However, if a multicast intermediary is inserted into a telecommunication session on behalf of the unicast telephony device(s), the unicast telephony device(s) can effectively participate in a multicast telecommunication session. Using a multicast intermediary, the multicast telephony devices and the multicast intermediary are able to communicate using multicast, and the multicast intermediary operates to forward the multicast media streaming to and receive media streaming from the unicast telephony device using unicast. In this manner, multicast telephony devices are able to take advantage of the multicast feature, while still being able to communicate with the unicast telephony devices.
From registration information previously sent by telephony devices 22, 23 and 25 to call manager 26 a, call manager 26 a determines that telephony devices 22, 23 and 25 support multicast communication. Therefore, call manager 26 a establishes a multicast group having a multicast group address 100. Call manager 26 a instructs telephony devices 22, 23 and 25 to initiate outgoing media streaming 104 to multicast address 100, and to monitor multicast address 100 for incoming media streaming 106. In this manner, a multicast telecommunication session is established between telephony devices 22, 23 and 25.
In addition, call manager 26 a determines from either registration information or the call initiation request that telephony device 64 a is a unicast telephony device. Therefore, call manager 26 a determines that a multicast intermediary is needed and generates multicast intermediary 28. Call manager also associates a logical port of multicast intermediary 28 with each of telephony device 64 a and multicast address 100. As with telephony devices 22, 23 and 25, call manager 26 a instructs multicast intermediary 28 to monitor multicast address 100 for incoming media streaming 106. In addition, call manager 26 a signals telephony device 64 a to initiate outgoing media streaming 110 to the logical port of multicast intermediary 28 that call manager 26 a associated with multicast address 100.
As described above, multicast intermediary 28 performs an address translation on media streaming it receives from either multicast address 100 or telephony device 64 a using an address translation module. When multicast intermediary 28 receives incoming media streaming 110 from telephony device 64 a, it notes the source address in the incoming packets, modifies the source address to the logical port of multicast intermediary 28 that is associated with telephony device 64 a, and forwards the packets as media streaming 104 to multicast address 100 using a communication module.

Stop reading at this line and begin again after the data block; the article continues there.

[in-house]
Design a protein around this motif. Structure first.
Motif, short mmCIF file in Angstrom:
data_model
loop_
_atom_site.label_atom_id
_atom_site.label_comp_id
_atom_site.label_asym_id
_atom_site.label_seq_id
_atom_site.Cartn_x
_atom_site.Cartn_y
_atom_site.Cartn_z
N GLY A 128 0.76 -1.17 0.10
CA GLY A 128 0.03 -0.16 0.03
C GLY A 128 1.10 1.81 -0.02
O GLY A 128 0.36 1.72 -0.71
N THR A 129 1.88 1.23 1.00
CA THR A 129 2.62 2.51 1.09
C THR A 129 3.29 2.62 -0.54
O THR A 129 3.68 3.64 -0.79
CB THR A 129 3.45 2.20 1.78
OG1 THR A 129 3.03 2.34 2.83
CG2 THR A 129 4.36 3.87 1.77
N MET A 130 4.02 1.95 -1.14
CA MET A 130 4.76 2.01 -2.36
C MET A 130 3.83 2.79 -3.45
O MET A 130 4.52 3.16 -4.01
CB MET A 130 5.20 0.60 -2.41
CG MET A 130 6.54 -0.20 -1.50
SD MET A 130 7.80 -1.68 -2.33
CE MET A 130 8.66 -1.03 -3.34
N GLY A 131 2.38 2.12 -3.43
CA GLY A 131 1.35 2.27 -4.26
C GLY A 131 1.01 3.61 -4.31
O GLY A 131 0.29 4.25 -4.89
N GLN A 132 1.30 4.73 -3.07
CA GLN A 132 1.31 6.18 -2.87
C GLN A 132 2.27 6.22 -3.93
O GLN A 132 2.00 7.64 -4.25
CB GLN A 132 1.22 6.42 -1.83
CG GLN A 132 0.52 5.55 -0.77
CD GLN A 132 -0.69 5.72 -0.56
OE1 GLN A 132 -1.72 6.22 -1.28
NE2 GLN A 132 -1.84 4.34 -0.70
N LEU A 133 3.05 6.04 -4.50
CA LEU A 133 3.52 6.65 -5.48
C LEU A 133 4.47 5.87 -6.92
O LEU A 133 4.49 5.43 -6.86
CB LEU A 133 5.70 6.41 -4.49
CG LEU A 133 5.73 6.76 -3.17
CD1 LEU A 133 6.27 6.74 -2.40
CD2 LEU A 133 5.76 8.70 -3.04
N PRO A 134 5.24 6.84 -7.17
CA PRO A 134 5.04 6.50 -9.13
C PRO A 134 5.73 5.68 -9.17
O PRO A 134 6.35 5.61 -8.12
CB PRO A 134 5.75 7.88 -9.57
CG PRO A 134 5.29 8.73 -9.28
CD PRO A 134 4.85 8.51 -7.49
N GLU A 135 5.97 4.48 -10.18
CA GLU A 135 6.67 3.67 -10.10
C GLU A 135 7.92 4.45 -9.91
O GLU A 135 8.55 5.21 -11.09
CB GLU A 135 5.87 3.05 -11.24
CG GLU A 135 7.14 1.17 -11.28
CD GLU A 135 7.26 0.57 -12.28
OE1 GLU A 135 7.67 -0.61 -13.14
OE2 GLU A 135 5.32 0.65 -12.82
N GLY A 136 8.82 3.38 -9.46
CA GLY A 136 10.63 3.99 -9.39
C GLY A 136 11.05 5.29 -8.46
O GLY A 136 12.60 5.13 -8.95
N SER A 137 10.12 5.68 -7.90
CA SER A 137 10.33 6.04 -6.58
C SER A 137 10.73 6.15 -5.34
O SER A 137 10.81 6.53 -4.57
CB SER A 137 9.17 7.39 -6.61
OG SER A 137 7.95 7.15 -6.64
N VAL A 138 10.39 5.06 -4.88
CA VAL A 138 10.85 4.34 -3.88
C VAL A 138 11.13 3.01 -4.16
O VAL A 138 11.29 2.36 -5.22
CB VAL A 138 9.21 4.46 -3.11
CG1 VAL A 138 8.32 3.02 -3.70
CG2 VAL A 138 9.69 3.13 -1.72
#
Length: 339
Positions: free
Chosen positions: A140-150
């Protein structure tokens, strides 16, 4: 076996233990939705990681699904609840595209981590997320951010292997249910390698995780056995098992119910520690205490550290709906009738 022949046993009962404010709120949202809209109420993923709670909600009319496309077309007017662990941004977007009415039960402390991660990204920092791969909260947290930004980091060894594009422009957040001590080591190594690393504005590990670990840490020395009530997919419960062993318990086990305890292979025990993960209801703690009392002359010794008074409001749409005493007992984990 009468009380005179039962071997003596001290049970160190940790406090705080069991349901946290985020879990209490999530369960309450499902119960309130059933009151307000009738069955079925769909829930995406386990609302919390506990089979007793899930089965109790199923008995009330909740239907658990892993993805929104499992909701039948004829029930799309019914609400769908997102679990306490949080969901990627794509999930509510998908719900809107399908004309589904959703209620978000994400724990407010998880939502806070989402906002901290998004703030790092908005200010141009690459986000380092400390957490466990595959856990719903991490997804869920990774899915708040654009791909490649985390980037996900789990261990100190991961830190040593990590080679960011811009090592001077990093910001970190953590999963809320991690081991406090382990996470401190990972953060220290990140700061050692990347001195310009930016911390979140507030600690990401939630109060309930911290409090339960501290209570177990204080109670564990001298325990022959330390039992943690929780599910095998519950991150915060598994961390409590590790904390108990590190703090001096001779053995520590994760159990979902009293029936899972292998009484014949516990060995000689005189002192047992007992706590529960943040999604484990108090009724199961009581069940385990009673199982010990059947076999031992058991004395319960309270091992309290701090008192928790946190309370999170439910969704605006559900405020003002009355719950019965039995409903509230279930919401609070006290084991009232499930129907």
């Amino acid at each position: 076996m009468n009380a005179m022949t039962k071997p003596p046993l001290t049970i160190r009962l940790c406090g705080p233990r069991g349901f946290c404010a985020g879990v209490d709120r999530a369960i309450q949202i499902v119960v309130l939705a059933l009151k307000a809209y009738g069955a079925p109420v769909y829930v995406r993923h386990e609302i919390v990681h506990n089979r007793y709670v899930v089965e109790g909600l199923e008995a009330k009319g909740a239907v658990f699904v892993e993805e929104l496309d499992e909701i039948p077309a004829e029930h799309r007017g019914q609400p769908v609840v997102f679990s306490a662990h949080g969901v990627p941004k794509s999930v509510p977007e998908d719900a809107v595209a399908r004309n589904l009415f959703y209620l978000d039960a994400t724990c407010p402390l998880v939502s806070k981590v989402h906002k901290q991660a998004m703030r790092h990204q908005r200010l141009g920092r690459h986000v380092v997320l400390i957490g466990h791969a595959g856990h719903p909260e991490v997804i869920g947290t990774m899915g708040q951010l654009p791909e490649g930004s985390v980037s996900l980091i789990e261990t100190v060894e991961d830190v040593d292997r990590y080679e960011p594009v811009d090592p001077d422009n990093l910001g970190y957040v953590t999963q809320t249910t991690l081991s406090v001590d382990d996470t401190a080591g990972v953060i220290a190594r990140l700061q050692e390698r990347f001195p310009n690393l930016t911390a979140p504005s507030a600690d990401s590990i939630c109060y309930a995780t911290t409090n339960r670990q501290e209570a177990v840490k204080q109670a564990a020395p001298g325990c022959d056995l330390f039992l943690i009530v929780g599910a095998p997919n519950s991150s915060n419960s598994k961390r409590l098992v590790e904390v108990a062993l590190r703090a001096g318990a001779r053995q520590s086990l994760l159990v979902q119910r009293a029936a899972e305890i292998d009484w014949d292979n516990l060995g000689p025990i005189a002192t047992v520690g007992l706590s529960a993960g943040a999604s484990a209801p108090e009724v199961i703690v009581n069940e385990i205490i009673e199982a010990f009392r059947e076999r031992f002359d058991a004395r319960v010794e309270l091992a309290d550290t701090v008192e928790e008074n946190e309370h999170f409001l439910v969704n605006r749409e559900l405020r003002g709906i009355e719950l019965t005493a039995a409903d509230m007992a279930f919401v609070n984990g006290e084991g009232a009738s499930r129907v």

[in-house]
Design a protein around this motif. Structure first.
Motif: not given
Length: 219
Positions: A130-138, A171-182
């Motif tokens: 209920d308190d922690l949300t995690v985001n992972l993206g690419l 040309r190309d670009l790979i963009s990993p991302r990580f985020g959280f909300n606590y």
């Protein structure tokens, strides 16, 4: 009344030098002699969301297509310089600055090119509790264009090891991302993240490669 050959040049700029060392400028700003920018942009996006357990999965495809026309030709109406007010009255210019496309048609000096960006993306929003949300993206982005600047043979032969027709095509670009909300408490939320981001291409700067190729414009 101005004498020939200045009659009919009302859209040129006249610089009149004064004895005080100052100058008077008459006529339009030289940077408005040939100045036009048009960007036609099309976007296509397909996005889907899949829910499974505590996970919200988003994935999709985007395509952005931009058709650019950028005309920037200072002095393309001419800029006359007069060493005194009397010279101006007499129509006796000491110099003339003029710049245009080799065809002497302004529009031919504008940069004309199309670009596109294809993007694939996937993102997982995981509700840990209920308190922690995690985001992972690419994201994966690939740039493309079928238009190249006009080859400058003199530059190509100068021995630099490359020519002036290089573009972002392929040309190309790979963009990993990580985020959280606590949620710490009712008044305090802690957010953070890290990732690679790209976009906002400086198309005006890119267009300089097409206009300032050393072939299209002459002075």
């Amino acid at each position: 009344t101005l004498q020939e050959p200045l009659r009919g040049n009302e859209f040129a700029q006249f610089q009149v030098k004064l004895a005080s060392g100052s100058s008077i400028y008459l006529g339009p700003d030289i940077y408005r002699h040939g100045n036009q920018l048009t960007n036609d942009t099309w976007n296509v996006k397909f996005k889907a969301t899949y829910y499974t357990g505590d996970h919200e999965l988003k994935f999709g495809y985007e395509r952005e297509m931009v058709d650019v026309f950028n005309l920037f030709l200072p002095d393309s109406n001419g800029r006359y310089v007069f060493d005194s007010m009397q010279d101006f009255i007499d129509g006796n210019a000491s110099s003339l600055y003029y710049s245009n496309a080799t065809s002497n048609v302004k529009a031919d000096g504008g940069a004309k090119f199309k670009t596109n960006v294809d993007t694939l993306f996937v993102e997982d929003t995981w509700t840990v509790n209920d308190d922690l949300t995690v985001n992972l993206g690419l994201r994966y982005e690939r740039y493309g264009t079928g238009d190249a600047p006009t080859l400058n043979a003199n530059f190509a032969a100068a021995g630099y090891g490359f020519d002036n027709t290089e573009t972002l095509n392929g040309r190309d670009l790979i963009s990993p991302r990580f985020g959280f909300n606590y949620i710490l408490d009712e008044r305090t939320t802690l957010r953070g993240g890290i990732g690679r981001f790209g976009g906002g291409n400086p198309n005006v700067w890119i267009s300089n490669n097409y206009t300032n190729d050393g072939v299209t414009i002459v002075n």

Likewise, multicast intermediary 28 forwards media streaming 108 that it receives from multicast address 100 to telephony device 64 a as media streaming 108 using the communication module (after modifying the source address of the incoming packets to the logical port of multicast intermediary 28 that is associated with multicast address 100). However, before media streaming 108 is forwarded, multicast intermediary will typically sort or mix media streaming 104 received from telephony devices 22, 23 and 25. Since telephony device 64 a is not multicast-capable, it is not able to determine the original source of the packets included in media streaming 108 (telephony device 64 a believes all packets originated at multicast intermediary 28), and thus telephony device 64 a cannot properly sort and sequence the incoming data. Therefore, multicast intermediary can either mix media streaming 104 received from telephony devices 22, 23, and 25, sort media streaming 104 and indicate to telephony device 64 a that the individual streams have different origins (e.g., by indicating different logical ports of multicast intermediary 28 in the source address of the packets), or it can choose a single media stream 104 from one of telephony device 22, 23, and 25 and forward it to telephony device 64 a. Multicast intermediary may also perform any other type of processing to convert media streaming 106 received from multicast group address 100 into a format appropriate for a unicast telephony device.